This is one of our services. It's a place where people with learning difficulties can meet and spend time doing what they want to do. It's in the centre of Bristol. We've got people working there, but it's people with learning difficulties that decide what happens.

Telephone: 0117 941 2534

South Bristol Drop-in

The Park
Daventry Road
Bristol BS4 1QD
Tel: 0117 377 3686

North Bristol Drop-in

139 Muller Road
Bristol BS7 9RE
Tel: 0117 903 8007

North Bristol Drop-in leaflet (pdf, 1.0 MB) (opens new window) (pdf, 1MB) (opens new window)

National Forum of people with learning difficulties
This website tells you all about the National Forum for people with learning difficulties. It's a useful site covering what's going on nationally and in the South West.


Bristol has a number of clubs providing social and recreational activities for people with learning difficulties. They can be a good way of building friendships, confidence and skills. Often these are Gateway clubs with past or current connections to Mencap. Volunteers run these clubs and the organisers are always pleased to here from people who may wish to help.

If you're involved in a club for people with learning difficulties and you'd like the details listed here please let us know.

Clifton Gateway Club
Redland Reformed United Church, Redland
Meets on Tuesdays, between 7 to 9pm
Telephone Clare Uden on 0117 983 3138

Dame Emily Gateway Club
Ebenezer Church, British Road, Bedminster
Meets on alternate Mondays, between 7.30 to 9.30pm
Telephone Sally Davis on 0117 983 2602

Harbour Gateway Club
St Mary on the Quay, St Augustines Parade
Meets on Tuesdays, between 7pm to 9pm
Telephone Janet Alexander on 0117 977 1322

Stepping Out
This is a mental health theatre group and is open to people who have used mental health services and their allies. Visit Stepping Out Theatre for more information.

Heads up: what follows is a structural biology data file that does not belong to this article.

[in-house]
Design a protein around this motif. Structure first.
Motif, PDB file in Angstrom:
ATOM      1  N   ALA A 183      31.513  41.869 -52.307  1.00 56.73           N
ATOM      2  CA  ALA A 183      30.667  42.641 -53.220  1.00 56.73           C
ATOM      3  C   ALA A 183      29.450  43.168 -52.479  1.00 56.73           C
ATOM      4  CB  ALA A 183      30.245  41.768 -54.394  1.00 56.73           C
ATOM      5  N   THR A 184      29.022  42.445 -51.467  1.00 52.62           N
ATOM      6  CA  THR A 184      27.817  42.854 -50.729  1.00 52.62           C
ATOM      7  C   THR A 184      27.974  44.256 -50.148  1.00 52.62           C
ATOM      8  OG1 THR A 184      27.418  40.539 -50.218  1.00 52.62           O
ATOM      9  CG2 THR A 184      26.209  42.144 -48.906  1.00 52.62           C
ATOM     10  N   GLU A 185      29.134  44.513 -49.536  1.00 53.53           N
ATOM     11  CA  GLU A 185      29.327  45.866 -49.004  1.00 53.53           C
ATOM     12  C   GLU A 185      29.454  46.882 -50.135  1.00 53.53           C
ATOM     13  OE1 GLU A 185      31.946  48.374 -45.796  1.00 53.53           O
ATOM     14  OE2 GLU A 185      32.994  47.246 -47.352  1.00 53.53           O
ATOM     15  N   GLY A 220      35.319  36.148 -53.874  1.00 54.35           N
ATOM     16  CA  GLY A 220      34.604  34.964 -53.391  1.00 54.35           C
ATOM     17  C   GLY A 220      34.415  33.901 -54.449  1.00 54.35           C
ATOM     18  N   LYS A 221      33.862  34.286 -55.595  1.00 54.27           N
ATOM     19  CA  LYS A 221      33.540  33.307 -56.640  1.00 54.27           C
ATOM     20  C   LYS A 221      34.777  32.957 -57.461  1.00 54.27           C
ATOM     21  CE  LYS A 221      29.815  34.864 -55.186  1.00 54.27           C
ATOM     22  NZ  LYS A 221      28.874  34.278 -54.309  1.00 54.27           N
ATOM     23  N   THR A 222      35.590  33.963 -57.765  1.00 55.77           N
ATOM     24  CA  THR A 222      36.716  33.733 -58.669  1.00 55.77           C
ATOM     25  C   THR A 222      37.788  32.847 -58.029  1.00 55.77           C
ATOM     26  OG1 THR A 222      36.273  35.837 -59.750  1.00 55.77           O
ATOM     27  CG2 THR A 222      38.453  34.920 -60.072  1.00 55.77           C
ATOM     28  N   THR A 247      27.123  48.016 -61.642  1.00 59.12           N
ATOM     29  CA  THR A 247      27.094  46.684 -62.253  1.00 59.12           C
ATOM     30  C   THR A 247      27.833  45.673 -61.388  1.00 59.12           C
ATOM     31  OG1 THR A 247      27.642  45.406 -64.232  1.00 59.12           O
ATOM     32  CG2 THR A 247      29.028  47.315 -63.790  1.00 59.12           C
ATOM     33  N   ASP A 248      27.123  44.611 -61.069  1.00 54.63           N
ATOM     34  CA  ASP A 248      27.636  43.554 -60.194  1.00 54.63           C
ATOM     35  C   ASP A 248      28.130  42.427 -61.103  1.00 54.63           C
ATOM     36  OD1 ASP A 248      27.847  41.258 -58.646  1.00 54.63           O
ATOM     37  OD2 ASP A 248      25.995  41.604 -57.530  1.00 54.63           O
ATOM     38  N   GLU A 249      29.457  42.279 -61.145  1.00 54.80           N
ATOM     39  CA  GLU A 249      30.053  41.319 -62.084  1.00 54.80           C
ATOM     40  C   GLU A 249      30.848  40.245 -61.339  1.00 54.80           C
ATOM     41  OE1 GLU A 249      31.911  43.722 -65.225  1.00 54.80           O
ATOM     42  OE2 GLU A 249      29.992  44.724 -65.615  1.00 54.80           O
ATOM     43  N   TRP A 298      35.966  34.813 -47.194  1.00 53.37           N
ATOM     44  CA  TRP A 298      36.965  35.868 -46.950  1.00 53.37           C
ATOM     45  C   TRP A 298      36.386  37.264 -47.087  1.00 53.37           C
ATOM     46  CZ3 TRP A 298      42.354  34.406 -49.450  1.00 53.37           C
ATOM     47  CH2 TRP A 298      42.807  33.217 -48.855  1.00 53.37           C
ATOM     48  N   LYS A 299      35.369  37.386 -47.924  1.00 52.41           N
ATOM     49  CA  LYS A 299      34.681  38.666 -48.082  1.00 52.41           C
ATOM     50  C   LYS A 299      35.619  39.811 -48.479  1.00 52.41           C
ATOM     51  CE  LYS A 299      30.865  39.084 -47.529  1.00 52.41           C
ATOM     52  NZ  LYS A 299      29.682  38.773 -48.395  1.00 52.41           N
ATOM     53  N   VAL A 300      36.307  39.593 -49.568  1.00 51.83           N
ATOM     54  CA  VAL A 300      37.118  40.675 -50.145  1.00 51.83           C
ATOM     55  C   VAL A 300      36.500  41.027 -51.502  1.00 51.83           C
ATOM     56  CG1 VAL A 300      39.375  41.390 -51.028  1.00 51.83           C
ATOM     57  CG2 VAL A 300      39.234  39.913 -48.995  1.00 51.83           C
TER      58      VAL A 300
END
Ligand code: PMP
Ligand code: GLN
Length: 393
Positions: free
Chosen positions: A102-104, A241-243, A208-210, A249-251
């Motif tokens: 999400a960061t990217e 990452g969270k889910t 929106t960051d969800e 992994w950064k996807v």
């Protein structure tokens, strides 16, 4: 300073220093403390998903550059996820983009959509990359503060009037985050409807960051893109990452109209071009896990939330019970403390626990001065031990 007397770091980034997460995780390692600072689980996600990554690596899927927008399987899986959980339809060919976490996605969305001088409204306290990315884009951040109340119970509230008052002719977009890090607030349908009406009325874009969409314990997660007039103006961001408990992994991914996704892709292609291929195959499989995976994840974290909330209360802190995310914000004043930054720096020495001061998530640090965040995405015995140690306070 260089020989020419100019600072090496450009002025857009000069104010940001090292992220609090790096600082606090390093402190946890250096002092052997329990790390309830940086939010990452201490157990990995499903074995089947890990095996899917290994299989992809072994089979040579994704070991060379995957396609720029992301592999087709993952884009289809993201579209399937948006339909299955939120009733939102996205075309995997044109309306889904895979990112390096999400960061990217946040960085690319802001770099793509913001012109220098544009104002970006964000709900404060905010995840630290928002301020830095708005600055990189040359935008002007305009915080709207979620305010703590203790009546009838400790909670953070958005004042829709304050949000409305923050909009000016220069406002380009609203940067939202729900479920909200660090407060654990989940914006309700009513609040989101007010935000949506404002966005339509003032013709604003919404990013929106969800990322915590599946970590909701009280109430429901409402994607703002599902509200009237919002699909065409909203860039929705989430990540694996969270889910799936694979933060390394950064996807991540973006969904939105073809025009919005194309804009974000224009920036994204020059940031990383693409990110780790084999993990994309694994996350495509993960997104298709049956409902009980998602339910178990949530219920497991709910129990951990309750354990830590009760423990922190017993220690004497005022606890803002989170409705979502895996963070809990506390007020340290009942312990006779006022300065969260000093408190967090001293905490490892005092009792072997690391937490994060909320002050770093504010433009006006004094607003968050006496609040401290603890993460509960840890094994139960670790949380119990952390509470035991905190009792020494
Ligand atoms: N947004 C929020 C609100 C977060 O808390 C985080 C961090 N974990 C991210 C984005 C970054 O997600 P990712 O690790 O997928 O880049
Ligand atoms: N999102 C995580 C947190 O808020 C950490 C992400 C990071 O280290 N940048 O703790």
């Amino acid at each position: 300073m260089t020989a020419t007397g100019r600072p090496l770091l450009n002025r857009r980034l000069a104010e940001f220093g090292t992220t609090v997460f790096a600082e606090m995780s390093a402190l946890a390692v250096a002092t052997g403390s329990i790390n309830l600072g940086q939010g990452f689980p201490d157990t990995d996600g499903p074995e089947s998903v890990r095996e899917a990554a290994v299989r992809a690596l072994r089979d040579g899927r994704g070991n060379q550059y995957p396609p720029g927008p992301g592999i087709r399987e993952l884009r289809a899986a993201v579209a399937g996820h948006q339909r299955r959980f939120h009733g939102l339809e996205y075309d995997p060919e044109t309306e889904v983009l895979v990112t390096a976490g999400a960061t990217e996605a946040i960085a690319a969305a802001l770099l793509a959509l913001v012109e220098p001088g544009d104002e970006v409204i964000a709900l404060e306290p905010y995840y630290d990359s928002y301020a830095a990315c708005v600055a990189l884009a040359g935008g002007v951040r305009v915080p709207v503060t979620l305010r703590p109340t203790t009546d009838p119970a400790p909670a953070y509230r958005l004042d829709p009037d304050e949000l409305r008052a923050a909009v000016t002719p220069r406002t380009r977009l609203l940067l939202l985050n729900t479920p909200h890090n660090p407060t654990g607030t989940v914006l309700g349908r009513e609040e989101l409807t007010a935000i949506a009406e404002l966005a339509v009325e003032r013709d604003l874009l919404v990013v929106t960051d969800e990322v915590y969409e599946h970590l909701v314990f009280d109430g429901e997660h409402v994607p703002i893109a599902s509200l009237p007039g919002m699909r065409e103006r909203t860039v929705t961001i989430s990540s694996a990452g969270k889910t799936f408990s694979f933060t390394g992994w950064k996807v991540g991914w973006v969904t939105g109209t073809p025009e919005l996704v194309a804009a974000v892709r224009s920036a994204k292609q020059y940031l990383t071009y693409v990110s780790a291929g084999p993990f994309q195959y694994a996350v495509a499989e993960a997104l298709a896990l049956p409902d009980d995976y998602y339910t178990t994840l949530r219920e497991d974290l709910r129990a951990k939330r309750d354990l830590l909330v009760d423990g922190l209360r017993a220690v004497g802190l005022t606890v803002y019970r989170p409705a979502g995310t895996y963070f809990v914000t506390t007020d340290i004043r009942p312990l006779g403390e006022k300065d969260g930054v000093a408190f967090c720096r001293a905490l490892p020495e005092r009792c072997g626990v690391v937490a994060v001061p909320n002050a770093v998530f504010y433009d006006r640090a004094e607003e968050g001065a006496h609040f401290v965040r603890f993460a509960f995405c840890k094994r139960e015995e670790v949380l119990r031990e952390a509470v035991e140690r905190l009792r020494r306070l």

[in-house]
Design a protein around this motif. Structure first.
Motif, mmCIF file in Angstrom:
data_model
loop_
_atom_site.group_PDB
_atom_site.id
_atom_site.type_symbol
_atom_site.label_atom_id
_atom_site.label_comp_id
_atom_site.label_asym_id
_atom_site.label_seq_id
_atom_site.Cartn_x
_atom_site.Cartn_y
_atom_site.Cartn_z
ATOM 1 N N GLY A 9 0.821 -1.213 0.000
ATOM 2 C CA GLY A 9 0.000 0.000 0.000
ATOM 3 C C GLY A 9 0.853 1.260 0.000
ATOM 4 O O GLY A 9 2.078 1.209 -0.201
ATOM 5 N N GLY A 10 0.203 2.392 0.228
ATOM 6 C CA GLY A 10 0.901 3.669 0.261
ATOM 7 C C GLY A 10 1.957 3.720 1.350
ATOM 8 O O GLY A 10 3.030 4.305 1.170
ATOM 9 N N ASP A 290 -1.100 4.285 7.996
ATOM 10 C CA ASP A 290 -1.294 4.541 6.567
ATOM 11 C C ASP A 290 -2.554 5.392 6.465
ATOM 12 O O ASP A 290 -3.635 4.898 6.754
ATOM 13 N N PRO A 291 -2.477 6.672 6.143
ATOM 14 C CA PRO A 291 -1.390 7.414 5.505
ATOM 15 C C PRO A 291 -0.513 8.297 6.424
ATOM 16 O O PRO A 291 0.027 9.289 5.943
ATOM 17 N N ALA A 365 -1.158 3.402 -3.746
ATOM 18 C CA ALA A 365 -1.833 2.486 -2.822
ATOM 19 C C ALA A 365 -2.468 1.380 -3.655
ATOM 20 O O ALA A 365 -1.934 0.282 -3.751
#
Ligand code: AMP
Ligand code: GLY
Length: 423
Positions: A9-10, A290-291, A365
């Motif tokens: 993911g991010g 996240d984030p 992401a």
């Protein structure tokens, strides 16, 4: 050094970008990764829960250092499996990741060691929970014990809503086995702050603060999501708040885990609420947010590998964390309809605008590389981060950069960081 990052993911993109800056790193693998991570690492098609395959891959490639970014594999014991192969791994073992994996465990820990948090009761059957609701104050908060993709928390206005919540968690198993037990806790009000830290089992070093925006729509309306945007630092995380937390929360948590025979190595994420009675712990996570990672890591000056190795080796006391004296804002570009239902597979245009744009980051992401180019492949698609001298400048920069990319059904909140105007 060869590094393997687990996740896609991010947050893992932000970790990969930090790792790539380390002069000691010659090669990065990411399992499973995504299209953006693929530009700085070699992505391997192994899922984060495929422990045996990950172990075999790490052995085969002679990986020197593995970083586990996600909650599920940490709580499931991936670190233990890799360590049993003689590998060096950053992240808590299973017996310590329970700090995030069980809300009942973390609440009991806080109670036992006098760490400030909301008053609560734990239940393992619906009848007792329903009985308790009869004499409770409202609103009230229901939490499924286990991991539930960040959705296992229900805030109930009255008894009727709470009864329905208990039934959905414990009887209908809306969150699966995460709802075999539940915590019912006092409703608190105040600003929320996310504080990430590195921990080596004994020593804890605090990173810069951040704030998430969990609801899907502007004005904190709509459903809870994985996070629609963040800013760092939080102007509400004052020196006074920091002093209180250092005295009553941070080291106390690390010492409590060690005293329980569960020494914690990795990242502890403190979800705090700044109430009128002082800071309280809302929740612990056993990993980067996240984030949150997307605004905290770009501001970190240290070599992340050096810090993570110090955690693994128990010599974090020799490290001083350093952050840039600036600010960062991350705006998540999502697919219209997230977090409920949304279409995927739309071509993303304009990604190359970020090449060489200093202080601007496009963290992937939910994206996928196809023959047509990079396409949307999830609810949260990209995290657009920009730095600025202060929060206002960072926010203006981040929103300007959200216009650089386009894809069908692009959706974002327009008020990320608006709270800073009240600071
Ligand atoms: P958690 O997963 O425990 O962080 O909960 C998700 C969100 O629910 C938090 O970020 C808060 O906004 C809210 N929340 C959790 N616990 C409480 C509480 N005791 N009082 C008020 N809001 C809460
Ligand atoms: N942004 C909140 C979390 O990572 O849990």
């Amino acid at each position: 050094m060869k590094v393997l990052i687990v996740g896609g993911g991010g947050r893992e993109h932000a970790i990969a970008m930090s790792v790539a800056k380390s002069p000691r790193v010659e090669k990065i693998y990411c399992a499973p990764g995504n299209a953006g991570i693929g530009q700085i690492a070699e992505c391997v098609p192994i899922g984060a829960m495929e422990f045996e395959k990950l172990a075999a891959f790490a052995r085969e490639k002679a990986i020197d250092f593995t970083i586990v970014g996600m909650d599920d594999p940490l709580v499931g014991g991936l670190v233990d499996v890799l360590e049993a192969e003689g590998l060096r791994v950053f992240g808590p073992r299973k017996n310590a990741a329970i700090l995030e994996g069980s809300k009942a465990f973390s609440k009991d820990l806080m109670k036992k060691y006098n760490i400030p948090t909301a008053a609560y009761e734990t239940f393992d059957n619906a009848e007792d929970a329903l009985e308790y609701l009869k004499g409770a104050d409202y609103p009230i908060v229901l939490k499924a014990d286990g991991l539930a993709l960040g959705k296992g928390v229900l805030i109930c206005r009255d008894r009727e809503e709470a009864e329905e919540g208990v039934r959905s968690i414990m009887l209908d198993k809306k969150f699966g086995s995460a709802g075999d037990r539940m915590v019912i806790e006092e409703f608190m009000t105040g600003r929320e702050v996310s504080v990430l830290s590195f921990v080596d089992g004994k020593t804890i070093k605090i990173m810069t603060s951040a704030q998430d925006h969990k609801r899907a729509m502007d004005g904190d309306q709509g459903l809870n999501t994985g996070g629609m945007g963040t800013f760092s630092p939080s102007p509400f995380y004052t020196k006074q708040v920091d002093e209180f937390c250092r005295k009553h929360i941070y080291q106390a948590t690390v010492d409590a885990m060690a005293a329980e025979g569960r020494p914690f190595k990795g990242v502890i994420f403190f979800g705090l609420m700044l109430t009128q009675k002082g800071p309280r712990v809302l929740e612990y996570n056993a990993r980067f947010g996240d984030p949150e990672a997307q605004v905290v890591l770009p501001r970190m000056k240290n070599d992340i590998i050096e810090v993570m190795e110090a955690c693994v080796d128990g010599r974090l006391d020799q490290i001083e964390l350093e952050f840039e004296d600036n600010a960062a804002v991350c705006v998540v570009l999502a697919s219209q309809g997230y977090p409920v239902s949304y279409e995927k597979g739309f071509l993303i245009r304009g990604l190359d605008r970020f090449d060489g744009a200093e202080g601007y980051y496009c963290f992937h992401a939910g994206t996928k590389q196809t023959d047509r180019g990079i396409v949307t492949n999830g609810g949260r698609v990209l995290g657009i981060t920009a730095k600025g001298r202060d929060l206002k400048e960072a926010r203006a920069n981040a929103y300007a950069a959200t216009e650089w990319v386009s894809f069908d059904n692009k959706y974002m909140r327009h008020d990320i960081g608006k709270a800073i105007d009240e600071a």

Learning Difficulties Partnership

Bristol's Learning Difficulties Partnership Board talks about planning and developing services for people with learning difficulties in Bristol. Its members include people with learning difficulties, family carers, service providers and senior managers from the Primary Care Trust and the council.

The board is chaired by two people: a person with learning difficulties and the council's Executive member for Health and Social Care.

The board aims to make sure 'Valuing People' and 'Valuing People Now' happens in Bristol. The board has sub-groups and project groups to help with this work.

The board checks bids for money from the Learning Difficulties Development Fund. It recommends to the Joint Commissioning Board which projects should get money.

For more information about the last meeting use this link: Learning Difficulties Partnership meetings.

Plan for buying services

Read the plan about buying services for people with learning difficulties (pdf, 2.2 MB) (opens new window) (pdf, 2.2MB) (opens new window)

This plan explains how we will make sure:

  • people with learning difficulties have the same choice and control in their lives as everyone else
  • family carers are able to choose to provide support themselves or to use other services